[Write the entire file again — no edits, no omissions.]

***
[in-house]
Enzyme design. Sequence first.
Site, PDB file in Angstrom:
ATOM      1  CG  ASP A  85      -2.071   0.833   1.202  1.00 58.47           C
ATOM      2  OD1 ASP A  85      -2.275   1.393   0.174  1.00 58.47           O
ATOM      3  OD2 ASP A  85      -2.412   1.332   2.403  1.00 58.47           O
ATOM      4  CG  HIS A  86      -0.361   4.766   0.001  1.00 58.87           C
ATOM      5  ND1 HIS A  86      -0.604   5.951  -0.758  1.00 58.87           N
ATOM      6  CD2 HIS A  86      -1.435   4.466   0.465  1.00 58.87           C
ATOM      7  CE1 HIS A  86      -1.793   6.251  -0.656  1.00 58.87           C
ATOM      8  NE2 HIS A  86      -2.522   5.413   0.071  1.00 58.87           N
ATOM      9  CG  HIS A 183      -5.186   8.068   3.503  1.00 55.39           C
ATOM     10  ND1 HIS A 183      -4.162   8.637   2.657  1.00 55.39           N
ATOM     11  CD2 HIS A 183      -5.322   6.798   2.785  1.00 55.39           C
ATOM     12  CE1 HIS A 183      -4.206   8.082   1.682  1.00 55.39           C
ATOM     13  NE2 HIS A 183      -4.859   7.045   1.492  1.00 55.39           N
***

[in-house]
Enzyme design. Sequence first.
Site, PDB file in Angstrom:
ATOM      1  CG  ASP A  85      -2.071   0.833   1.202  1.00 58.47           C
ATOM      2  OD1 ASP A  85      -2.275   1.393   0.174  1.00 58.47           O
ATOM      3  OD2 ASP A  85      -2.412   1.332   2.403  1.00 58.47           O
ATOM      4  CG  HIS A  86      -0.361   4.766   0.001  1.00 58.87           C
ATOM      5  ND1 HIS A  86      -0.604   5.951  -0.758  1.00 58.87           N
ATOM      6  CD2 HIS A  86      -1.435   4.466   0.465  1.00 58.87           C
ATOM      7  CE1 HIS A  86      -1.793   6.251  -0.656  1.00 58.87           C
ATOM      8  NE2 HIS A  86      -2.522   5.413   0.071  1.00 58.87           N
ATOM      9  CG  HIS A 183      -5.186   8.068   3.503  1.00 55.39           C
ATOM     10  ND1 HIS A 183      -4.162   8.637   2.657  1.00 55.39           N
ATOM     11  CD2 HIS A 183      -5.322   6.798   2.785  1.00 55.39           C
ATOM     12  CE1 HIS A 183      -4.206   8.082   1.682  1.00 55.39           C
ATOM     13  NE2 HIS A 183      -4.859   7.045   1.492  1.00 55.39           N